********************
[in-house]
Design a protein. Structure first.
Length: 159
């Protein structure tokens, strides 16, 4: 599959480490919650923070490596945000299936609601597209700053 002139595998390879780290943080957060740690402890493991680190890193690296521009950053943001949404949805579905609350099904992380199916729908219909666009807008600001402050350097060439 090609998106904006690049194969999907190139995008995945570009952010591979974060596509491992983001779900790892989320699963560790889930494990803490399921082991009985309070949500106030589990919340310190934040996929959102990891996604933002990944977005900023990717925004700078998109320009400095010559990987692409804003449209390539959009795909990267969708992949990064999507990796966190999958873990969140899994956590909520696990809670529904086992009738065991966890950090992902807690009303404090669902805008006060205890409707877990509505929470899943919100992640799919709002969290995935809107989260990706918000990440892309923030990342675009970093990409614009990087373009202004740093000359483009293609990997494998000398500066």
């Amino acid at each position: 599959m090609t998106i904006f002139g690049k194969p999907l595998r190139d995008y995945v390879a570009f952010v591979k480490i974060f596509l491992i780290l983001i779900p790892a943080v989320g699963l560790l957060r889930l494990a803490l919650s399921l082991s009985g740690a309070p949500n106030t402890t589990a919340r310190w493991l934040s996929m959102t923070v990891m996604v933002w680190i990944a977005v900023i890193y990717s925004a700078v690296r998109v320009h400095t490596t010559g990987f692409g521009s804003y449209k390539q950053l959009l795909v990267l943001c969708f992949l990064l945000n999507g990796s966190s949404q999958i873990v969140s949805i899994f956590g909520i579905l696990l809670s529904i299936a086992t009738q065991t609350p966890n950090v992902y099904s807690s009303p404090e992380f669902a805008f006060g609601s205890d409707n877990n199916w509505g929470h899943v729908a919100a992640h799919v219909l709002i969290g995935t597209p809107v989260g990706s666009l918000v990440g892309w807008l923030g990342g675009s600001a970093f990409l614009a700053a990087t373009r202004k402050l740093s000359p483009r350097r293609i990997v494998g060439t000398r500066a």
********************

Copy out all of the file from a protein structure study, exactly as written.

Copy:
[in-house]
Design a protein. Structure first.
Length: 159
């Protein structure tokens, strides 16, 4: 599959480490919650923070490596945000299936609601597209700053 002139595998390879780290943080957060740690402890493991680190890193690296521009950053943001949404949805579905609350099904992380199916729908219909666009807008600001402050350097060439 090609998106904006690049194969999907190139995008995945570009952010591979974060596509491992983001779900790892989320699963560790889930494990803490399921082991009985309070949500106030589990919340310190934040996929959102990891996604933002990944977005900023990717925004700078998109320009400095010559990987692409804003449209390539959009795909990267969708992949990064999507990796966190999958873990969140899994956590909520696990809670529904086992009738065991966890950090992902807690009303404090669902805008006060205890409707877990509505929470899943919100992640799919709002969290995935809107989260990706918000990440892309923030990342675009970093990409614009990087373009202004740093000359483009293609990997494998000398500066």
């Amino acid at each position: 599959m090609t998106i904006f002139g690049k194969p999907l595998r190139d995008y995945v390879a570009f952010v591979k480490i974060f596509l491992i780290l983001i779900p790892a943080v989320g699963l560790l957060r889930l494990a803490l919650s399921l082991s009985g740690a309070p949500n106030t402890t589990a919340r310190w493991l934040s996929m959102t923070v990891m996604v933002w680190i990944a977005v900023i890193y990717s925004a700078v690296r998109v320009h400095t490596t010559g990987f692409g521009s804003y449209k390539q950053l959009l795909v990267l943001c969708f992949l990064l945000n999507g990796s966190s949404q999958i873990v969140s949805i899994f956590g909520i579905l696990l809670s529904i299936a086992t009738q065991t609350p966890n950090v992902y099904s807690s009303p404090e992380f669902a805008f006060g609601s205890d409707n877990n199916w509505g929470h899943v729908a919100a992640h799919v219909l709002i969290g995935t597209p809107v989260g990706s666009l918000v990440g892309w807008l923030g990342g675009s600001a970093f990409l614009a700053a990087t373009r202004k402050l740093s000359p483009r350097r293609i990997v494998g060439t000398r500066a």